Archives for posts with tag: Brand

There’s nothing like a familiar sound to bring you back and connect you with something.

The other day I heard a wood pigeon coo-cooing somewhere in the estate where I live. It’s not a very familiar sound to me now, but back when I was a kid doing my homework in the bedroom that looked out onto the back garden of my childhood home, it was a very familiar sound. It instantly reconnected me to my past in an unexpected and not unpleasant way.

Sound and the hearing part of our senses have of course always been very important to a brand. We can all remember signature tunes from our favourite shows, programmes and global brands. A few examples: the 4-note signature of the UK’s Channel 4, the 5-note signature of the McDonalds ‘I’m loving it’ campaign, and the ‘Holidays are coming’ refrain from Coca-Cola for around this time of year.

Sounds are a key thread of how we identify with a brand and of the overall brand experience, along with the sights, touches, tastes and smells of the things we like to use or consume. They evoke an instant feeling and connection.


Necessity is the mother of invention, or so they say. Many good things can also come out of accident, confusion or a misunderstanding.

When I was working as an account manager in the marketing business, we came up with a public sector strategy to encourage people to claim the benefits they were entitled to with the strapline ‘money for nothing, cheques for free’. It was a line from a Sting and Dire Straits song that I actually thought was cheques for free, but was in fact ‘chicks for free’. My misunderstanding.

I have a potential new brand name for you.

The other day my mother and I were enjoying lunch at the house of one of my brothers. Admiring the crockery, my mother asked ‘this is nice, who’s this by?’, turning the plate over and squinting without her reading glasses at the brand. ‘Ah, EWOH’, she said.

‘I think it’s called HOME’, her daughter-in-law commented, ‘you must be reading it upside down.’

A funny moment for us all. The more I thought about it, though, the more I liked the new brand name ‘EWOH’, pronounced ee-woah.

Probably needs a bit more research…

Mothercare store front

I was at my mother’s house in England the other day, casting an eye over all the toys we had as kids, which she has saved of course, and which her grandkids now enjoy.

I came across the edge of a toy package from Mothercare. This company has been around for ages and is clearly a highly respected name in anything to do with children. I love the identity – which I think the company has now moved away from – with the little child image literally under the protection of the m of mother.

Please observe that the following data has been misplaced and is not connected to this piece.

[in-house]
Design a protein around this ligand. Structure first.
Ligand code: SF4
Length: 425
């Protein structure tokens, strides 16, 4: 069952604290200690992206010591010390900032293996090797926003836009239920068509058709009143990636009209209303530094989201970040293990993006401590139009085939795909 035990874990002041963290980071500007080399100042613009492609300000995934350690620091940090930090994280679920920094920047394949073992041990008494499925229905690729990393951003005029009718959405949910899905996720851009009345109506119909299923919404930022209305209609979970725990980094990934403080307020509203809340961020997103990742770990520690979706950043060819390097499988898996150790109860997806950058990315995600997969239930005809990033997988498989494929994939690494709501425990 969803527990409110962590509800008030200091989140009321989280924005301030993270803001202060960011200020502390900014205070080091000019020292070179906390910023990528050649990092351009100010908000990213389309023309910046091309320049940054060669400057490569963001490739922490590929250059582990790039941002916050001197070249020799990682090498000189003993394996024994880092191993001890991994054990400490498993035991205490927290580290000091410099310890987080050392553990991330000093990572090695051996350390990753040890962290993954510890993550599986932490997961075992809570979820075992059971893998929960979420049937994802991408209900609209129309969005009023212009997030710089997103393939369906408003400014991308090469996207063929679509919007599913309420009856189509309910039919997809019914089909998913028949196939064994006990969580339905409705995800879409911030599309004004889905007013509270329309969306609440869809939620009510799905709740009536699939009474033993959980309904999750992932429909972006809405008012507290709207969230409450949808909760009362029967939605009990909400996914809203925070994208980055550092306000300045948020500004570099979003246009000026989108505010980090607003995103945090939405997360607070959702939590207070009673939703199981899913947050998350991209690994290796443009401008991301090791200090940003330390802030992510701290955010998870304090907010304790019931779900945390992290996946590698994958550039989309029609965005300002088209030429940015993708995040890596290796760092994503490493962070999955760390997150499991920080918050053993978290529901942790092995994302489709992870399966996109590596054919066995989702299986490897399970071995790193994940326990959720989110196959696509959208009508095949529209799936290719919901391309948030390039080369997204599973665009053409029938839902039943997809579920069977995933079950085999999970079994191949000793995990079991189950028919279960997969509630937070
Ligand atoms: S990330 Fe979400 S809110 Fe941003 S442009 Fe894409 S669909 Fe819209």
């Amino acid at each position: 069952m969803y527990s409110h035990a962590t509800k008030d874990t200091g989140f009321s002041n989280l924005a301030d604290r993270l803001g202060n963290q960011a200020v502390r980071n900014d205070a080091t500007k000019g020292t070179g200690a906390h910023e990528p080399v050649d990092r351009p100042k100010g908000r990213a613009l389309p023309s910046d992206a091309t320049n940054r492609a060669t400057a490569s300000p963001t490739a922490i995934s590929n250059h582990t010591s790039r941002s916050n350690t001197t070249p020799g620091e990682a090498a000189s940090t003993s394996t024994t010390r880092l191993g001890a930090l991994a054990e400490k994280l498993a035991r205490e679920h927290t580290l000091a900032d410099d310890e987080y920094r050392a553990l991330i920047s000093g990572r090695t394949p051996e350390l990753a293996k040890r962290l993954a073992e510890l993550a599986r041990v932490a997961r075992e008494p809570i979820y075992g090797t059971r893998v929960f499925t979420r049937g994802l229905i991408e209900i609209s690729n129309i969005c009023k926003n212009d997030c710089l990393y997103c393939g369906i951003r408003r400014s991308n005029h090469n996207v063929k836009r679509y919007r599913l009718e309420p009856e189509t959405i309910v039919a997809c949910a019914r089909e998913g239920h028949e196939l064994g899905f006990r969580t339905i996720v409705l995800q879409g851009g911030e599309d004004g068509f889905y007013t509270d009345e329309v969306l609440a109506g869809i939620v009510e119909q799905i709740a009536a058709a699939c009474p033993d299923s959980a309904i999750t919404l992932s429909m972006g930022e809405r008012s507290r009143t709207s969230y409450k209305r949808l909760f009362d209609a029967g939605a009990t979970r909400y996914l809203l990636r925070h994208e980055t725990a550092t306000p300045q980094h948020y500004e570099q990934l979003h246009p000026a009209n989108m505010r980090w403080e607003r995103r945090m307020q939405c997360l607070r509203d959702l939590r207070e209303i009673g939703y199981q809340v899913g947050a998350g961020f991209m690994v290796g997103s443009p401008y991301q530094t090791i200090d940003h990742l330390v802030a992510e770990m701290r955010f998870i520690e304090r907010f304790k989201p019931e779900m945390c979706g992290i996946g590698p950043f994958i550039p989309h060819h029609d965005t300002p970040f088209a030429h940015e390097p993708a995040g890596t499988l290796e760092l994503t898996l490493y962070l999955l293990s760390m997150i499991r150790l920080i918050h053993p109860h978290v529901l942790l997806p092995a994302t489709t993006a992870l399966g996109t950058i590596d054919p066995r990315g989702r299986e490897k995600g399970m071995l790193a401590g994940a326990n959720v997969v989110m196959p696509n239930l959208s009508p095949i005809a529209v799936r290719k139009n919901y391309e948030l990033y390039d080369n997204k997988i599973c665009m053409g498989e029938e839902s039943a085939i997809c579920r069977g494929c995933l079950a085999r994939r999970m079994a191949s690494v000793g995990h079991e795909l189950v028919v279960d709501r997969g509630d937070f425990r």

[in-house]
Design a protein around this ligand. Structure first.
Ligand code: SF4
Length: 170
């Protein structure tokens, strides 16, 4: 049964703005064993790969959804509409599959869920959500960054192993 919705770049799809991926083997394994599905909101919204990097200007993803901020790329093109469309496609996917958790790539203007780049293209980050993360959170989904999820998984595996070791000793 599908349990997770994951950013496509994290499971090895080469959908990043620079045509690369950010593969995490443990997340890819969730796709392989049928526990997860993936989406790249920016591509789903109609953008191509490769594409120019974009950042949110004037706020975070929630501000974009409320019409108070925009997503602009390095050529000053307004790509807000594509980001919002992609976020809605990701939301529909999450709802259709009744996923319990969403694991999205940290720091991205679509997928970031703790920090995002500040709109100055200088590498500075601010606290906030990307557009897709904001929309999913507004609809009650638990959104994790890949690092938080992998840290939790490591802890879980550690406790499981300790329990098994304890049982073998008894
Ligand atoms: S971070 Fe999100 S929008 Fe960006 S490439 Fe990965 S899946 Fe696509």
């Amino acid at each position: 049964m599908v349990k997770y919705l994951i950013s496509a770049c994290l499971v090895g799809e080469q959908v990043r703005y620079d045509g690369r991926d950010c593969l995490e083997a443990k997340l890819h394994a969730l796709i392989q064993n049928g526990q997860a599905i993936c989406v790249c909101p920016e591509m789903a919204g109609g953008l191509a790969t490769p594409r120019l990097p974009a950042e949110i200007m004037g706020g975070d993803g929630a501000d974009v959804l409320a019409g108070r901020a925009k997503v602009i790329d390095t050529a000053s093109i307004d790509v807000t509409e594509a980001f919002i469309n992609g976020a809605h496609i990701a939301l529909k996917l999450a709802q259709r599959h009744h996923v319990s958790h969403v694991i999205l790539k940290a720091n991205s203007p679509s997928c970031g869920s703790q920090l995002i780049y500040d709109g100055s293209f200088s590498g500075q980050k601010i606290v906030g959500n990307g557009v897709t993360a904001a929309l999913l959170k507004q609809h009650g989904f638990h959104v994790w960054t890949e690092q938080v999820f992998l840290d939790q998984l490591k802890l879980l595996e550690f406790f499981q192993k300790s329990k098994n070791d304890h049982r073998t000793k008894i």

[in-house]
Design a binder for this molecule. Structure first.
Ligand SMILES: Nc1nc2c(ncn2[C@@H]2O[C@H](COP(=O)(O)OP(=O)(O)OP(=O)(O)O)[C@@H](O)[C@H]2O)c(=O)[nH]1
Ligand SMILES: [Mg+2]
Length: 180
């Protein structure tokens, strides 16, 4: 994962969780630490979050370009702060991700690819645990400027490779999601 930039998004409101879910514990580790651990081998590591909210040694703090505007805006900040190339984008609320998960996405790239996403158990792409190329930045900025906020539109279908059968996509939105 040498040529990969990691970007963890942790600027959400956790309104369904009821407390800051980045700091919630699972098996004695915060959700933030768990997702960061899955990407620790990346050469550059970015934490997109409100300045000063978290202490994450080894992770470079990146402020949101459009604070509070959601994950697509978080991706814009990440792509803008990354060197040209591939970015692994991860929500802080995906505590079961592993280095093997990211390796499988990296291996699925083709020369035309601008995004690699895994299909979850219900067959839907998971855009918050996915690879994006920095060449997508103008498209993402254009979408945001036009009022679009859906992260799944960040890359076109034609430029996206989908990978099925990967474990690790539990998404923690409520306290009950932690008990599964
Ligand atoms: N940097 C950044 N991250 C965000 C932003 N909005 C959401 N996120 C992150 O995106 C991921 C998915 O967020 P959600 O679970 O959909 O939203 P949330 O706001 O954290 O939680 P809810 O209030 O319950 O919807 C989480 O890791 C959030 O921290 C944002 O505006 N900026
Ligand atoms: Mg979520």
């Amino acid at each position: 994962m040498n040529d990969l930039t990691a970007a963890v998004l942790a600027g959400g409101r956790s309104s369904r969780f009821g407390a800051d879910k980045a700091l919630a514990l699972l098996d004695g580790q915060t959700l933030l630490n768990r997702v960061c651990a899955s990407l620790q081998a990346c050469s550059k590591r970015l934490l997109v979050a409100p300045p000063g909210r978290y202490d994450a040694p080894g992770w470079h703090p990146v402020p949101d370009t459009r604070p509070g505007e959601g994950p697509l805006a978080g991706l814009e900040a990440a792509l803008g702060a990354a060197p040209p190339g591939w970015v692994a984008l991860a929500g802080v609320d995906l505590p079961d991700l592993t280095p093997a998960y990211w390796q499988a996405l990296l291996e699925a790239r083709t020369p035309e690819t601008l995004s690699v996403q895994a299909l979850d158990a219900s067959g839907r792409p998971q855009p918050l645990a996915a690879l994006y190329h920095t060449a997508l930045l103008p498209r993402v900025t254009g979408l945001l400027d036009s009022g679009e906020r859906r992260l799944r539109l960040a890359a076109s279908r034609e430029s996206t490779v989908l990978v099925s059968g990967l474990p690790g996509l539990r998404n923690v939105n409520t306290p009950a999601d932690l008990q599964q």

What struck me for the first time that I can remember was how outdated the name was; the actual words mother and care put together to make a new name, as many company and product brands do. Back when Mothercare came into being, parenthood was possibly the almost exclusive preserve of the female parent, and that’s simply not the case any more.

The funny thing is, and I feel this about many household names and brands, we never question the name. We see the word mothercare and we equate it with a parenting brand for children. This is what a brand does to us. We rarely take the name out of context, deconstruct it, before realising that it’s perhaps not as appropriate as it used to be.

I think there are lots of examples of this, brands that we take for granted because they’re much more than the sum of their words. Lots of them, hiding in plain sight.

That’s what they say about imitation and me too products: the sincerest form of flattery.

I’m sure it rankles with the pioneers in a category when the giant comes in second with the massive resources and does it cheaper, better and more effectively. There has long between tension between the western markets who have laws in place to protect certain forms of imitation, copying and plagiarism, and the eastern markets where copying is considered normal. ‘Oh, we’re not copying your product, we’re improving it.’

I’ve noticed this tactic become much more prevalent with the German supermarket giants Lidl and Aldi, or Lidly Aldi as they’re sometimes rather hilariously known in Irish musical wag circles. They take a well known product and either call it exactly the same name, like Fruit & Fibre cereal of Kellogg’s fame, or make a very small adjustment so that you’re in no doubt as to what they’re ripping off, then sell it for about half the price of the branded version.

There are lots of examples of these marginally renamed products, but the one that sticks in my mind is the branded Angel’s Delight, that lovely fluffy dessert from our childhood, renamed in a German stylee as Heavenly Delight, with packaging so redolent of the pioneer product you wonder how on earth they get away with it.

What always strikes me as amusing though is that Lidl and Aldi are themselves, for me, completely interchangeable. I can never remember which one is which, which one I’m in when I’m in it and whose product is whose. It’s like the scene from Love Actually where the Bill Nighy character is interviewed by Ant & Dec, and replies to them as ‘Ant or Dec.’

They don’t really imitate each other. They are practically the same. Watch the song in the link above and you’ll empathise.